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RVs are incubators for mold. The size and construction of RVs and campers make them prone to condensation and moisture. Where there is moisture, there is mold. Mold can be hazardous, especially to those inclined to breathing difficulties. It causes severe reactions in people who are asthmatic or allergic. Even if you are not allergic, mold exposure can cause symptoms such as a sore throat, stuffy nose, and coughing.
To prevent mold in your RV, you will want to keep the air as dry as possible by minimizing the amount of condensation and humidity. Here are 11 tips to prevent mold in your RV.
- Use a dehumidifier to reduce moisture.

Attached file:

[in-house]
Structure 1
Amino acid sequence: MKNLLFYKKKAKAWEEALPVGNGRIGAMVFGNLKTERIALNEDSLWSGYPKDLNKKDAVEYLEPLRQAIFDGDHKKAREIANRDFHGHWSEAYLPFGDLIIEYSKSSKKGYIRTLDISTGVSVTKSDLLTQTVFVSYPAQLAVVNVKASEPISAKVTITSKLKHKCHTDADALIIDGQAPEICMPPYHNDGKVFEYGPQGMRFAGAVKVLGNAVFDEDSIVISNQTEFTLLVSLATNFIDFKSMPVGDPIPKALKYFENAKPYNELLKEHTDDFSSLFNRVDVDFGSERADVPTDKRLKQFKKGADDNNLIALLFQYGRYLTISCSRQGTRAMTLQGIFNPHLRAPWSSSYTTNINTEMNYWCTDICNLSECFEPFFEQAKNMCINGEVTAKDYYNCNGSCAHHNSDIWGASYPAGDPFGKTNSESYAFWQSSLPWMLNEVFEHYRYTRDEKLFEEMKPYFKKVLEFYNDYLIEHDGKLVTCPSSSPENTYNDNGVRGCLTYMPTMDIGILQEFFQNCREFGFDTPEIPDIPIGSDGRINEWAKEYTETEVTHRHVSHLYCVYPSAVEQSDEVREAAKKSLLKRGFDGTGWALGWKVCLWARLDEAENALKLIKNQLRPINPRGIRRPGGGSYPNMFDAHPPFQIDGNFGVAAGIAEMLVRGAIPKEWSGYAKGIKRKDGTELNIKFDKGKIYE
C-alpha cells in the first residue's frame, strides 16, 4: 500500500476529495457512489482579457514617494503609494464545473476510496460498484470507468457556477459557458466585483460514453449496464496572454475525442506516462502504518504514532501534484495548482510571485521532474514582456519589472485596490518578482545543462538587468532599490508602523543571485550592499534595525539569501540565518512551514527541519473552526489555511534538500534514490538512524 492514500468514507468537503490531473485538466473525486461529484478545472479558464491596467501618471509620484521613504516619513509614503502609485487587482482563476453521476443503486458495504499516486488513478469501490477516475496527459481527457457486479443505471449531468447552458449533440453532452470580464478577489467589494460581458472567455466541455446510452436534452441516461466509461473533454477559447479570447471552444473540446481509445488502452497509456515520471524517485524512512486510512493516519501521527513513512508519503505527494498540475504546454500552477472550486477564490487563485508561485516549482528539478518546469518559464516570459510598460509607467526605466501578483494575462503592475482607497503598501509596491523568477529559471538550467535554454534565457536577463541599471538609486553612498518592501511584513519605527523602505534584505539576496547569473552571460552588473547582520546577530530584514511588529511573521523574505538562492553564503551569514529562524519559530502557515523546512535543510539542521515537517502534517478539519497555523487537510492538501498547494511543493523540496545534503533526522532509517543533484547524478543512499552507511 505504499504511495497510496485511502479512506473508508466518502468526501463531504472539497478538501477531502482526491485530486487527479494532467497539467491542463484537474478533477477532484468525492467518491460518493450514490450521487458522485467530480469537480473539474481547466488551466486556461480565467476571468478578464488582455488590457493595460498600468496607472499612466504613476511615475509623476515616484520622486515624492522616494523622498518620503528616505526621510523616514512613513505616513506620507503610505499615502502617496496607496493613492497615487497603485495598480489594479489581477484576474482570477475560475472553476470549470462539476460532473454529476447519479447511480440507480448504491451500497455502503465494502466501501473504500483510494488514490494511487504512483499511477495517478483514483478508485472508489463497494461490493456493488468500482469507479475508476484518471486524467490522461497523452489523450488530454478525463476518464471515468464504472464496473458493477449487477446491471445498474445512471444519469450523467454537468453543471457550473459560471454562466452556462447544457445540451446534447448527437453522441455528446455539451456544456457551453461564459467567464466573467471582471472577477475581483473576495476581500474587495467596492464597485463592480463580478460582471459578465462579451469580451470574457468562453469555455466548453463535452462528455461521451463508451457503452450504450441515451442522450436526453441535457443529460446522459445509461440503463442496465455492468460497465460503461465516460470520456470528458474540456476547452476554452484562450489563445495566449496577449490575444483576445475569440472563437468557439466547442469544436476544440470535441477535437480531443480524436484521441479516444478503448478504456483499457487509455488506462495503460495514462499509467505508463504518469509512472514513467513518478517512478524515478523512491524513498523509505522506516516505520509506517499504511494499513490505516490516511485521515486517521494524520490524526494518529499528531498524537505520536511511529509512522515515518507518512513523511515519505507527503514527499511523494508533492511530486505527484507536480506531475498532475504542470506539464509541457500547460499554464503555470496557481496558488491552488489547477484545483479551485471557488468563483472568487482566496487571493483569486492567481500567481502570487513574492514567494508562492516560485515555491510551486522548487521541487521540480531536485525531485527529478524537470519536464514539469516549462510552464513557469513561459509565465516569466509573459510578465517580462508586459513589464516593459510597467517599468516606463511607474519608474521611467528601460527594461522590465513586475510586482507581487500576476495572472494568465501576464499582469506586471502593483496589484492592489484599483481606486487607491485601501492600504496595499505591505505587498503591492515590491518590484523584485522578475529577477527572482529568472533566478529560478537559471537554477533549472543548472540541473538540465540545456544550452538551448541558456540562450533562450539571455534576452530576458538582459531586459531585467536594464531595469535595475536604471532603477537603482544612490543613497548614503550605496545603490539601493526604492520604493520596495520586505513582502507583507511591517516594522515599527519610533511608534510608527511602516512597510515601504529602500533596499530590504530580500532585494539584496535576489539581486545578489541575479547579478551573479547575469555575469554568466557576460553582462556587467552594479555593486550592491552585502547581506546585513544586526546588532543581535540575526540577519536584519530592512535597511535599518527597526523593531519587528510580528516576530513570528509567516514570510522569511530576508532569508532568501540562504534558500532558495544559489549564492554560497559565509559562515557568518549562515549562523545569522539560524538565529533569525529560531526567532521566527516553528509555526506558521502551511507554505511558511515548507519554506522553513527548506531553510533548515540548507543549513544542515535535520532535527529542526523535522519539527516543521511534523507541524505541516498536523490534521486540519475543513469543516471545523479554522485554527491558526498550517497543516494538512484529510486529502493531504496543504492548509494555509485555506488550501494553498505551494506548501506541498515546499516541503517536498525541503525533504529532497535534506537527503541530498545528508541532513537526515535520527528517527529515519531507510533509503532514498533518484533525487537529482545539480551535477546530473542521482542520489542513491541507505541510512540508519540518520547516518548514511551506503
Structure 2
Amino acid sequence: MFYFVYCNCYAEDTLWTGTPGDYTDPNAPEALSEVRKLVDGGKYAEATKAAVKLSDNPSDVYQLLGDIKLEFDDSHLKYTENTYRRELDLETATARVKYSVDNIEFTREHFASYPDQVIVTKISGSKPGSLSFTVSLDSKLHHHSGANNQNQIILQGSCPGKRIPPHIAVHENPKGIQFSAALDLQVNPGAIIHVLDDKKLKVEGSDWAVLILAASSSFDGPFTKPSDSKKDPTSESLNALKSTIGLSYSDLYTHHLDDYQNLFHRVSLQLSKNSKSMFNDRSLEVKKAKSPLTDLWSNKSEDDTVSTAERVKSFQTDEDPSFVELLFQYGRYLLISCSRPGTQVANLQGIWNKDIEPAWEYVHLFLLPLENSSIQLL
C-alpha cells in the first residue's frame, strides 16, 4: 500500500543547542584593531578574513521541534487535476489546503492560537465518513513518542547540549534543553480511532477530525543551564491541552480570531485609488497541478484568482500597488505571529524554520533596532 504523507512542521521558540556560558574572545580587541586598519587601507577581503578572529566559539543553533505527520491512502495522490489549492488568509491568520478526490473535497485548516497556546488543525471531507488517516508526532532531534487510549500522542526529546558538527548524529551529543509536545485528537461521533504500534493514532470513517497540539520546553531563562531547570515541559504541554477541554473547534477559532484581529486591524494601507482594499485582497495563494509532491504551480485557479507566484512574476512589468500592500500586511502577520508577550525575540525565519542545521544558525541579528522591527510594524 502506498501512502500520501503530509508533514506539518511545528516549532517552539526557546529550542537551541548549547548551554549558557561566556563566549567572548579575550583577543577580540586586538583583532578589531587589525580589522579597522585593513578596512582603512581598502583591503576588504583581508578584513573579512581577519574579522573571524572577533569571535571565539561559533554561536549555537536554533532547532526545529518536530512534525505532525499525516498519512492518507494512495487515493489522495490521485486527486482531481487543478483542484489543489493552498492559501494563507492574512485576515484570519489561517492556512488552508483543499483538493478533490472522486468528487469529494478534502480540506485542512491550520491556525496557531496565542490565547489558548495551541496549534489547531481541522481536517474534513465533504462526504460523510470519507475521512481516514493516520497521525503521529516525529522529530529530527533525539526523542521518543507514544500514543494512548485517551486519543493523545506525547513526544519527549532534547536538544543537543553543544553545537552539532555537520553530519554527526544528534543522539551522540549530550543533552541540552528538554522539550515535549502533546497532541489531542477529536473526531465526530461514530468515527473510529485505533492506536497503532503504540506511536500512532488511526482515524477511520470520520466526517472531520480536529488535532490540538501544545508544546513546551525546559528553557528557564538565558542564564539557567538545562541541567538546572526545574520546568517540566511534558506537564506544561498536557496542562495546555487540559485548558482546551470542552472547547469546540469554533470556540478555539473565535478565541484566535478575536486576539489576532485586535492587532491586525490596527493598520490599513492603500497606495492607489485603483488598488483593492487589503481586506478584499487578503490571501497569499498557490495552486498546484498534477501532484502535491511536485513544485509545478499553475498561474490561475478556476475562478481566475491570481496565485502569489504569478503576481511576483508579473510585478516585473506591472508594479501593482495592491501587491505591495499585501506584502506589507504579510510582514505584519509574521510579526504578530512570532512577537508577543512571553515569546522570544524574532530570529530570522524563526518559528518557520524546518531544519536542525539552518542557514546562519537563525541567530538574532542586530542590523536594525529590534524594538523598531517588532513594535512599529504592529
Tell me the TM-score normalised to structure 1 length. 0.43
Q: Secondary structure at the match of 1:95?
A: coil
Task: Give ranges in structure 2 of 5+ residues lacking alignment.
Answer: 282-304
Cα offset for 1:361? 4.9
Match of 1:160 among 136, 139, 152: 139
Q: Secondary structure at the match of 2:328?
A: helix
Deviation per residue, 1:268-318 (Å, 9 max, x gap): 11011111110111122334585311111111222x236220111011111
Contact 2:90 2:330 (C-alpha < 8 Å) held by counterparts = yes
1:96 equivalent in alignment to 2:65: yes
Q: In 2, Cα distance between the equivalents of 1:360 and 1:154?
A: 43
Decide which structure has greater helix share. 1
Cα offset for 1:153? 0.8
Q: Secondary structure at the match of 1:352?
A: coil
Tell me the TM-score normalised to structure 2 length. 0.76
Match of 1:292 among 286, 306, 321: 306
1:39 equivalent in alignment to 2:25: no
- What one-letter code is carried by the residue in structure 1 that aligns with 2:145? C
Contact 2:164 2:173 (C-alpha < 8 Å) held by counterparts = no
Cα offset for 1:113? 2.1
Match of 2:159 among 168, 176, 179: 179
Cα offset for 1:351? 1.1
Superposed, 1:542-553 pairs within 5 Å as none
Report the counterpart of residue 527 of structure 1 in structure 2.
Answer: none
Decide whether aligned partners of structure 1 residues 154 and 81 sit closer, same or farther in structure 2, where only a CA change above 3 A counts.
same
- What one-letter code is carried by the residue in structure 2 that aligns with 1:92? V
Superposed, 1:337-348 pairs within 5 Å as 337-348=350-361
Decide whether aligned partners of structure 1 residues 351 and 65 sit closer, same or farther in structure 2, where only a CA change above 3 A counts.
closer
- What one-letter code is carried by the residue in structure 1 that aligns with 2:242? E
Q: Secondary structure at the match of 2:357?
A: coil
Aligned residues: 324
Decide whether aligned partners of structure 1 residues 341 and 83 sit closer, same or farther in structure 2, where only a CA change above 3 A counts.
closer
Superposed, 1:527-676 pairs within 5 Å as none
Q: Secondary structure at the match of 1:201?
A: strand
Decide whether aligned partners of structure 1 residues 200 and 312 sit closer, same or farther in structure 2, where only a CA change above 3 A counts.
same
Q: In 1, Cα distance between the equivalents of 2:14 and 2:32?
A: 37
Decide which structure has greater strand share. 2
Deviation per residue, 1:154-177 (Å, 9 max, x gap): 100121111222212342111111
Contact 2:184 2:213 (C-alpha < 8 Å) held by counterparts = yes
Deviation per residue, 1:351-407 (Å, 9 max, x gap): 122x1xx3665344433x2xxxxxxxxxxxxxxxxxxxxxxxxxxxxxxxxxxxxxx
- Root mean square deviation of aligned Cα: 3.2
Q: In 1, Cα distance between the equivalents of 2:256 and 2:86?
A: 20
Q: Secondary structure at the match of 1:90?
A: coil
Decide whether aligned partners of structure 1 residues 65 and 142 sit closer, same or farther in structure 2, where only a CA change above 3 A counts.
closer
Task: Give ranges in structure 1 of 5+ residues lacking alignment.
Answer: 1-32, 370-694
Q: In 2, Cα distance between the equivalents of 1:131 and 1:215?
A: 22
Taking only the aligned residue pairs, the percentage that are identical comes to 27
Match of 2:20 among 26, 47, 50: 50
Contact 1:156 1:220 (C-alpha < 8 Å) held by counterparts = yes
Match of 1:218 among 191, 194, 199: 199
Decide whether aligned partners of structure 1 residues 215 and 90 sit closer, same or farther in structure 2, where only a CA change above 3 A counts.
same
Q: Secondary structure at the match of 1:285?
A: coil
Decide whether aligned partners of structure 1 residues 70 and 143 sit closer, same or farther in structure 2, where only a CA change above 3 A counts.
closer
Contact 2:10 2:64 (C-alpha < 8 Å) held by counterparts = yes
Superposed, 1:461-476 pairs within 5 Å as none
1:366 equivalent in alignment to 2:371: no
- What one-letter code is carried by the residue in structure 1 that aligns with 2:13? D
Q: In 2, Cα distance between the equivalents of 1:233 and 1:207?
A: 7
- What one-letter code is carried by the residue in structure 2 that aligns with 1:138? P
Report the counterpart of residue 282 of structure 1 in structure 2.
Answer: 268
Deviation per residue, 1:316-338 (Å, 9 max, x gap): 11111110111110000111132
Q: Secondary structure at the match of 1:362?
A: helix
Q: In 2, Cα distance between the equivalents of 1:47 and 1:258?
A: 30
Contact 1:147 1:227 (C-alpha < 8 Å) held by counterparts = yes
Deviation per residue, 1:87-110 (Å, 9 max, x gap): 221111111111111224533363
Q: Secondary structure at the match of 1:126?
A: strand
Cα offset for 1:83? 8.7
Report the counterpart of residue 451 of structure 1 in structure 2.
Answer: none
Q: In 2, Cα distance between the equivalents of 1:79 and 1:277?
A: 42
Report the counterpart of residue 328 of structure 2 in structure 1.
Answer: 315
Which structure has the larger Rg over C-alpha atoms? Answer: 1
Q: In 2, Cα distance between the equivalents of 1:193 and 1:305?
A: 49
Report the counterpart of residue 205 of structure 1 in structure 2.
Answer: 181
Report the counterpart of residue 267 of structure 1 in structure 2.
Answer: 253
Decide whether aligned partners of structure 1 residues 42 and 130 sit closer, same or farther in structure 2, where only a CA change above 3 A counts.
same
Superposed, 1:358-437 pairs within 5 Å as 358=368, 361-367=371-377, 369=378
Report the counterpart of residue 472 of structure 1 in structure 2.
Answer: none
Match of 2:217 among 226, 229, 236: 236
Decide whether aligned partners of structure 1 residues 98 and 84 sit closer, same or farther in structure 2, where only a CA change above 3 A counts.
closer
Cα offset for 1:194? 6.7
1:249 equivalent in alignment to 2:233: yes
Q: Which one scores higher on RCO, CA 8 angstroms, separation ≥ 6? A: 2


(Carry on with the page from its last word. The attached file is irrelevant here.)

- Place products that absorb moisture throughout your RV.
- Use your exhaust vents to draw moisture out of your RV, especially when showering or cooking.
- Re-enforce the insulation in your RV, especially around windows and skylights.
- Seal up all bathroom cracks.
- Frequently wipe down hard surfaces where or when moisture in the air is high.
- Keep your cabinets open.
- Use electric heat rather than propane heat.
- Use a hygrometer to monitor humidity levels in your RV.
- Remove fabric from your RV while it is in storage
- Use an air purifier in your RV
Camping in areas with high humidity, such as the Southeastern United States or the Pacific Northwest, increases the likelihood that your camper will naturally have excess moisture. However, moisture and mold can also occur in dry climates.